Even Tax Authorities find VAT Rules Difficult to Interpret

The European Court has found against the Luxemburg government in a case involving the supply of e books. In the UK printed publications are zero rated for VAT whereas e publications are standard rated and this has been the cause of lobbying for zero rating to also apply to e books. The obvious issue being that users of e reading devices such as Kindle and the like pay VAT to read a book on the device that they can buy VAT free as a hard copy from a book store.

The Luxembourg tax legislation allowed a super reduced rate of 3% VAT for the supply of digital or electronic books which the Commission decided  meant that Luxembourg had failed to fulfil its obligations under various EC directives. Therefore the supplies should not qualify for the reduced rate of VAT. This decision indicates that the UK government is unlikely to be in a position to treat the supply of e books as zero rate for VAT as the overarching EC regulations would not allow this to be implemented by UK VAT law.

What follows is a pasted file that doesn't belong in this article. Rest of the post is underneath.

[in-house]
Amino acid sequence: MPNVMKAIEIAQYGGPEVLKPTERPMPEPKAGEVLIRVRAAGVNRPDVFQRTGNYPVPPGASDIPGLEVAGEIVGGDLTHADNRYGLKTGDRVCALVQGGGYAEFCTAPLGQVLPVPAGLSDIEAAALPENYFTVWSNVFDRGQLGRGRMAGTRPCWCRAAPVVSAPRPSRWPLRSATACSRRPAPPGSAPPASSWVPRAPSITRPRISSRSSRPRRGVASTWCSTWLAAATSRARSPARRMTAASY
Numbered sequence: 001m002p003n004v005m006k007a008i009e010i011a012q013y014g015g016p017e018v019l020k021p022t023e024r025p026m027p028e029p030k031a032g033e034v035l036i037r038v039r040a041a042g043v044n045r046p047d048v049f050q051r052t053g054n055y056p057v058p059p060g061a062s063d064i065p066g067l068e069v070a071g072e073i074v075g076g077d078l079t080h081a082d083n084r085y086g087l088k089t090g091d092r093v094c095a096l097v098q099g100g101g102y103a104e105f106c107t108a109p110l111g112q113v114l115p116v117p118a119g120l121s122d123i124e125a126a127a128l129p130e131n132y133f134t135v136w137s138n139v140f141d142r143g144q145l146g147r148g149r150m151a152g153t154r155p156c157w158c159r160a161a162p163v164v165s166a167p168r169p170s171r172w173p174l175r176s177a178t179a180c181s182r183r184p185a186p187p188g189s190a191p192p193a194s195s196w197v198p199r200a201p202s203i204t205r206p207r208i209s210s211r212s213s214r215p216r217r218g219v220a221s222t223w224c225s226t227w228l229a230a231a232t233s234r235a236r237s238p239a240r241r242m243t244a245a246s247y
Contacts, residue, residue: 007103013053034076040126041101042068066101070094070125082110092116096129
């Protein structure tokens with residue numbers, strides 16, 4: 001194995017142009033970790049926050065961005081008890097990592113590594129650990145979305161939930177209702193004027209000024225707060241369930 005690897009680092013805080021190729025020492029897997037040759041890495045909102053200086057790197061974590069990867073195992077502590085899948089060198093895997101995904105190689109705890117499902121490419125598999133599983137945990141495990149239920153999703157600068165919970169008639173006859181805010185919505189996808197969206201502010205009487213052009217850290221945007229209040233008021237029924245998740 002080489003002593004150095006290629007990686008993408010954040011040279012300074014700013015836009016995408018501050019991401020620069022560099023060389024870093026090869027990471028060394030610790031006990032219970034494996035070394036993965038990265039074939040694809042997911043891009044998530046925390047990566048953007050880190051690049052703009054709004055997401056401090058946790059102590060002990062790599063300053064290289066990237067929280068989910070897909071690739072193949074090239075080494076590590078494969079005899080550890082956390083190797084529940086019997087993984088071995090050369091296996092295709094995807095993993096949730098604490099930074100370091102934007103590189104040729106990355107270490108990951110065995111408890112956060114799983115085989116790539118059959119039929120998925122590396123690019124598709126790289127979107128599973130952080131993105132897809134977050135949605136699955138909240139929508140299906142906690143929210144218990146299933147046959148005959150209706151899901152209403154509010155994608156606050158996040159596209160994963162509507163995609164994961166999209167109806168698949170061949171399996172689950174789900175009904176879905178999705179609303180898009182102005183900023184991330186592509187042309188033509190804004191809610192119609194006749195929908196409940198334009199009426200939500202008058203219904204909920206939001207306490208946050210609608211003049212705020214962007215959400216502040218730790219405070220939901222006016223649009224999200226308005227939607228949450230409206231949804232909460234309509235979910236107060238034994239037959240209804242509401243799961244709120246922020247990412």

The decision highlight how complex VAT can be, if a tax authority can make errors in understanding it makes it obvious how easy it is for a tax payer to do the same, especially now that new rules relating to VAT and e commerce have been introduced.

If you or your client make supplies of e services it is worth calling our free helpline to make sure that the current VAT rules have been correctly understood and to avoid a VAT exposure.

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